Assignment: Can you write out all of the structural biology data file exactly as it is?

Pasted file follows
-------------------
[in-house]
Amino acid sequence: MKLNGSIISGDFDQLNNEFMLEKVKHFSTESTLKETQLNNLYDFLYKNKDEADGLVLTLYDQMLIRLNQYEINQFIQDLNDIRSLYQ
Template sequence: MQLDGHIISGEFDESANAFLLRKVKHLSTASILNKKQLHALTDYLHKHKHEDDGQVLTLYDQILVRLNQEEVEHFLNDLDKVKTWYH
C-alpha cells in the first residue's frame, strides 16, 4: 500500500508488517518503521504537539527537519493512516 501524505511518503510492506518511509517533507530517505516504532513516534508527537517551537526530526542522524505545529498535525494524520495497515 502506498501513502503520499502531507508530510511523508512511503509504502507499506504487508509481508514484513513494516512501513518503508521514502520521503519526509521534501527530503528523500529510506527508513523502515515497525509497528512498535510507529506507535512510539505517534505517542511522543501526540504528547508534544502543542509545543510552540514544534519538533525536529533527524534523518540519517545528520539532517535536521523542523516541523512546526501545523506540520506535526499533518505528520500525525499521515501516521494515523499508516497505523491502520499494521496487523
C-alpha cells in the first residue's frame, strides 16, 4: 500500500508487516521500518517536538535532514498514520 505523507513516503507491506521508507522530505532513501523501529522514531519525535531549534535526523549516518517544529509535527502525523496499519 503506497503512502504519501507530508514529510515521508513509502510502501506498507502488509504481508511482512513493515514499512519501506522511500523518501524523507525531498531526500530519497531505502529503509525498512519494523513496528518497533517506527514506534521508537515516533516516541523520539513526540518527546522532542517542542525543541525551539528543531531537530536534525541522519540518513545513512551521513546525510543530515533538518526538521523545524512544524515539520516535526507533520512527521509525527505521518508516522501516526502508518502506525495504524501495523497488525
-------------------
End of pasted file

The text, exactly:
[in-house]
Amino acid sequence: MKLNGSIISGDFDQLNNEFMLEKVKHFSTESTLKETQLNNLYDFLYKNKDEADGLVLTLYDQMLIRLNQYEINQFIQDLNDIRSLYQ
Template sequence: MQLDGHIISGEFDESANAFLLRKVKHLSTASILNKKQLHALTDYLHKHKHEDDGQVLTLYDQILVRLNQEEVEHFLNDLDKVKTWYH
C-alpha cells in the first residue's frame, strides 16, 4: 500500500508488517518503521504537539527537519493512516 501524505511518503510492506518511509517533507530517505516504532513516534508527537517551537526530526542522524505545529498535525494524520495497515 502506498501513502503520499502531507508530510511523508512511503509504502507499506504487508509481508514484513513494516512501513518503508521514502520521503519526509521534501527530503528523500529510506527508513523502515515497525509497528512498535510507529506507535512510539505517534505517542511522543501526540504528547508534544502543542509545543510552540514544534519538533525536529533527524534523518540519517545528520539532517535536521523542523516541523512546526501545523506540520506535526499533518505528520500525525499521515501516521494515523499508516497505523491502520499494521496487523
C-alpha cells in the first residue's frame, strides 16, 4: 500500500508487516521500518517536538535532514498514520 505523507513516503507491506521508507522530505532513501523501529522514531519525535531549534535526523549516518517544529509535527502525523496499519 503506497503512502504519501507530508514529510515521508513509502510502501506498507502488509504481508511482512513493515514499512519501506522511500523518501524523507525531498531526500530519497531505502529503509525498512519494523513496528518497533517506527514506534521508537515516533516516541523520539513526540518527546522532542517542542525543541525551539528543531531537530536534525541522519540518513545513512551521513546525510543530515533538518526538521523545524512544524515539520516535526507533520512527521509525527505521518508516522501516526502508518502506525495504524501495523497488525